Planned obsolescence, an ecological disaster.
There was a time not so long ago when we repaired everything: socks with holes, irons, and even glasses. But globalization, the discovery of polymers (especially plastic), and the modern lifestyle gave way to the concept of “disposable”. Some even said to themselves "That's cool, we're even going to do everything in our power to make our products last for as short a time as possible. That way, people will have to buy more often! What a great idea, right?"… (It probably happened like that at some point in a meeting room of a refrigerator or pantyhose manufacturer). In a nutshell, we even succeeded in taking it one step further with planned obsolescence.
Today, most of us realize that we may have gone too far, and that it might not have been such a good idea to throw out so much stuff. The fact that sea turtles confuse plastic bags with jellyfish, that toothbrush fragments can be found in the fish that we eat, and that almost two million tons of waste now formed the "seventh continent" (or eighth, depending on where you live). That written, if we were only discussing visible waste the situation would still be manageable... For more on this topic, take a look at the website for the non-profit "Expedition 7th Continent"..
Now that we are buried in plastic, we are actively looking for solutions to limit the damage already done. Recycling is a viable solution moving forward, and we are still far capitalizing on the realm of possibilities that it offers. However, a solution from the not-so-distant past proves just as effective, or at least an integral part of the quiver: repairs.
Repair to last.
To avoid unnecessary waste, you need products that last. For a product to be used as long as possible, you need to be able to repair it, patch it up, sew it up, and in general take care of it. As we explained in our article on eco-design, repairs need to be factored into the design of the product fro the very start. The idea is to make repairs easy for those who will be doing the repairing and extend the life of the product.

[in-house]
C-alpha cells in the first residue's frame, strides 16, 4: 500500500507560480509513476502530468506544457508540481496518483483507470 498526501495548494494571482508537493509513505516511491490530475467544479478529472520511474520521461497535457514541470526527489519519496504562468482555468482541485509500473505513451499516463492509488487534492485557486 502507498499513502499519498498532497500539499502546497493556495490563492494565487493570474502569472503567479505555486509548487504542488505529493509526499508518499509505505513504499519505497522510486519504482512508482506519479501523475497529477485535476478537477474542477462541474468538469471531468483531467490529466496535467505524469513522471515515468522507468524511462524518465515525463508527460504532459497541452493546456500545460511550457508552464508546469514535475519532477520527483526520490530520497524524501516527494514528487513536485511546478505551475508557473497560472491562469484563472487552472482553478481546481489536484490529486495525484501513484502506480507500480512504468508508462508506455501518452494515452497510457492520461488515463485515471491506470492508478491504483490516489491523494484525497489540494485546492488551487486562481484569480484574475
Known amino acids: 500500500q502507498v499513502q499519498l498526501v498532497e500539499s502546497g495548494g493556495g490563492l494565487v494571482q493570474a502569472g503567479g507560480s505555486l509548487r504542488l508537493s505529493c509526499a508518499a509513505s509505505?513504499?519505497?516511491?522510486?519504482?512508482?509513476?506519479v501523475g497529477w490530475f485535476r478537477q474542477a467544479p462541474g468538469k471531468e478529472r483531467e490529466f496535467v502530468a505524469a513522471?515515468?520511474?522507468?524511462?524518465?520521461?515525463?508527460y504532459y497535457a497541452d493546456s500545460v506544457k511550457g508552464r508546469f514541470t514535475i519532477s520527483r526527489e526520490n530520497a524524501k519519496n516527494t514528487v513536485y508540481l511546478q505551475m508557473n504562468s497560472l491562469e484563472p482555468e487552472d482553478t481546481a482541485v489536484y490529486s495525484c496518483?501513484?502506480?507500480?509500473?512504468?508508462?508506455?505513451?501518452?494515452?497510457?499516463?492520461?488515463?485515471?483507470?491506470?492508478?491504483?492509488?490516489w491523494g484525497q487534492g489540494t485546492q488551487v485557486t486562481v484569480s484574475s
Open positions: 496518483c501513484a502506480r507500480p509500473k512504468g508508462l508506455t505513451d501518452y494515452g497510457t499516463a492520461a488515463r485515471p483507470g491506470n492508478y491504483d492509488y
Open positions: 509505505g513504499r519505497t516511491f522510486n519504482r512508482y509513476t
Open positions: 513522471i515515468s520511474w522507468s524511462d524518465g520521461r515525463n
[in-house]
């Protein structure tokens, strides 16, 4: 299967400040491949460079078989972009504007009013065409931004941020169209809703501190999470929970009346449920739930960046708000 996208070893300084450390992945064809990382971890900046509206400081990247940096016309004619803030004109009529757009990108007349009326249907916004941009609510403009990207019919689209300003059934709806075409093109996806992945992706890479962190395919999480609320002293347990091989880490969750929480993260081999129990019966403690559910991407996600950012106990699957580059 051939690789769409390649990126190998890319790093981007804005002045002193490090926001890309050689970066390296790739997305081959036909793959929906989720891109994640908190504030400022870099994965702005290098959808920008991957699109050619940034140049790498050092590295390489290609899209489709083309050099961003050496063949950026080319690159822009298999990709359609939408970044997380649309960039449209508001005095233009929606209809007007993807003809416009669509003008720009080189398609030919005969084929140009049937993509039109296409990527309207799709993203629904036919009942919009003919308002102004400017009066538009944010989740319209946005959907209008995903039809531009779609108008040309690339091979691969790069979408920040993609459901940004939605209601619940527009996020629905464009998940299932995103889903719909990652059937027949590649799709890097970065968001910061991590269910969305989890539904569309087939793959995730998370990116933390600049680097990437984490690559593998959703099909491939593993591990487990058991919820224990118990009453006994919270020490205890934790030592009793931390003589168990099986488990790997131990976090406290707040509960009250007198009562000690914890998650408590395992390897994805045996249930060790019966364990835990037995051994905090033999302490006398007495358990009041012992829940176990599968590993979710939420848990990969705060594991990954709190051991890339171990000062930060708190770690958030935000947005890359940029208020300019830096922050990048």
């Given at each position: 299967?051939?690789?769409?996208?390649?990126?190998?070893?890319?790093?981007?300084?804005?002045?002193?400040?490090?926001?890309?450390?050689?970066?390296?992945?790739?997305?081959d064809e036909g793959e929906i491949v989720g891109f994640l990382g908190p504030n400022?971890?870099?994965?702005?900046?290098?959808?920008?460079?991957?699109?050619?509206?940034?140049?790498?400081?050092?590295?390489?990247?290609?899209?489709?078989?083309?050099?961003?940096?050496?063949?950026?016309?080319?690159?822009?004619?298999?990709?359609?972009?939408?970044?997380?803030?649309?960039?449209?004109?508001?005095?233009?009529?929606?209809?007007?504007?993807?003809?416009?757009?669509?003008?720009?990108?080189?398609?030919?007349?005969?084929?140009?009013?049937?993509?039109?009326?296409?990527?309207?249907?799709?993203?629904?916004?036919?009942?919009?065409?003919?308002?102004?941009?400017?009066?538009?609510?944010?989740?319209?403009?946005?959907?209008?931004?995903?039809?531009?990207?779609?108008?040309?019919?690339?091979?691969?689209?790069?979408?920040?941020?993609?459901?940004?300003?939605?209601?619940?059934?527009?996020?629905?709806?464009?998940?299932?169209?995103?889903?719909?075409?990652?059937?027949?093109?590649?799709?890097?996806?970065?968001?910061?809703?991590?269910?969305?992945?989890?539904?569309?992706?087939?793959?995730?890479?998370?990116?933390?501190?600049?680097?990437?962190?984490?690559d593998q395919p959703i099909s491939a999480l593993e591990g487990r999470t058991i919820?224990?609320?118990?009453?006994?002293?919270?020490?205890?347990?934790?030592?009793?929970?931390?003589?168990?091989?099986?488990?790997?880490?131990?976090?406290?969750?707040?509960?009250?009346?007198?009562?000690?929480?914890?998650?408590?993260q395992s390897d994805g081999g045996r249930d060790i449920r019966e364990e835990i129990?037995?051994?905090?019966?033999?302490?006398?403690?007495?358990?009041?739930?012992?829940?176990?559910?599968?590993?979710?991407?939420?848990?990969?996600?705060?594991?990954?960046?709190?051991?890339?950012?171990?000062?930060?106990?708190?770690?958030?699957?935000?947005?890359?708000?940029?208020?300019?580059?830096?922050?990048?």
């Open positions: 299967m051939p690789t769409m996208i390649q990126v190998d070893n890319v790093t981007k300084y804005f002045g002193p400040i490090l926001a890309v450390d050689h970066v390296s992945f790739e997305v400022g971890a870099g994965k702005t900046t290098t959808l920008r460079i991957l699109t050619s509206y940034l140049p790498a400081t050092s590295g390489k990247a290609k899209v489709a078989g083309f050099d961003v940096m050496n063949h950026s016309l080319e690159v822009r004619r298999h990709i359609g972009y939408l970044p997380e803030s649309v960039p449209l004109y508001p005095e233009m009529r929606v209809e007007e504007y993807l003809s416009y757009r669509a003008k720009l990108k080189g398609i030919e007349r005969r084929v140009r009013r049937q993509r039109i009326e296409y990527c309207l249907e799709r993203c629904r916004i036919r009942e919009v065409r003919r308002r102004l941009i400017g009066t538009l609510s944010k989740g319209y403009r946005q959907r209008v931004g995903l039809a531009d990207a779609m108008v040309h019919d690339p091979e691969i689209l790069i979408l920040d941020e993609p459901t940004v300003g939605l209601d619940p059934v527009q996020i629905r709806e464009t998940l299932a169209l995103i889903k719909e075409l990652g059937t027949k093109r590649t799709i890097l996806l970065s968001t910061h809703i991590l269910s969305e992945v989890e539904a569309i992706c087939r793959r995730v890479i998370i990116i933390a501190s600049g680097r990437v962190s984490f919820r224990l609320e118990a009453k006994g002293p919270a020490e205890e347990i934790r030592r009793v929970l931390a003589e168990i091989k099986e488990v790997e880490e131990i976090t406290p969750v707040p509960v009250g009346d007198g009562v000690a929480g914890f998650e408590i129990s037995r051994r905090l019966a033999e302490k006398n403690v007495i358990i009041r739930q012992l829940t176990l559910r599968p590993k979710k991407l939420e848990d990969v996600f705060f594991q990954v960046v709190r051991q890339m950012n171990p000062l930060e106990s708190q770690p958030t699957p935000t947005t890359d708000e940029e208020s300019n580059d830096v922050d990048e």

We therefore consider that offering a repair service for our backpacks is simply the normal way of doing business, and not something "extra ordinary". For us, this is "customer service" or “after sales service” 2. Even if we do our very best to create and market high-quality, long-lasting products, we are not immune to a design or production issue, or even a buckle that proves not as sturdy as expected (we know what we're talking about). We are responsible for the products we sell, and this is why the legal warranty period is for XNUMX years. During this period, we have to offer a repair, exchange, or refund for the product.
But we should also feel responsible for the duration of use of a product beyond the 2 years of legal warranty, as well as its end of life (we would also like to extend our warranty to 5 or 10 years, but we does not have enough hindsight at the moment). Brands should be forced to offer a repair and recycling solution to the customer (see who pays?). And the customer should also be prohibited from throwing it away (in nature, of course) or even the obligation to take it for recycling. It's a solution that will only work if we all get started: brands, customers, politicians, manufacturers….
Customer/after-sales service: helping both you and the planet.
In other words, even if we try to make strong and durable bags, and that have few returns, we still set up a repairs program as part of our customer and after-sales service . We work with the repair center GreenWolf who specializes in repairing outdoor textiles, including technical apparel and backpacks. They work for some of the biggest brands in the outdoor industry (Patagonia, Millet, Picture…) and are located at the foot of Mt. Blanc near Chamonix.
So if you notice a defect within 2 years after your purchase (buckles, straps, zippers), please feel free to contact us. You can also go to our "Returns & Repairs" page for more info. And if you need repair a tear from an accident or the shoulder straps that got caught in the spokes of your bike, don't panic, just give us a call we will find a solution together (and provide a quote).
As we mentioned, we have very few returns. Nevertheless, whatever the condition of a returned product, such as a bag, we don't shred it, incinerate it, or throw it away in a dumpster.
We wanted to set up a page on our website to sell reconditioned products, but to date word-of-mouth works so well that they sell out before we have the time to make them available online.
While we definitely won't complain about having so few returns, we still recommend that you keep an eye on But keep an eye on the "great deals" page of our website, there just may be a new bag without packaging at a bargain price, or a discontinued product (when there are any!), a display model, or a reconditioned product covered in "scars" at a ridiculously low price.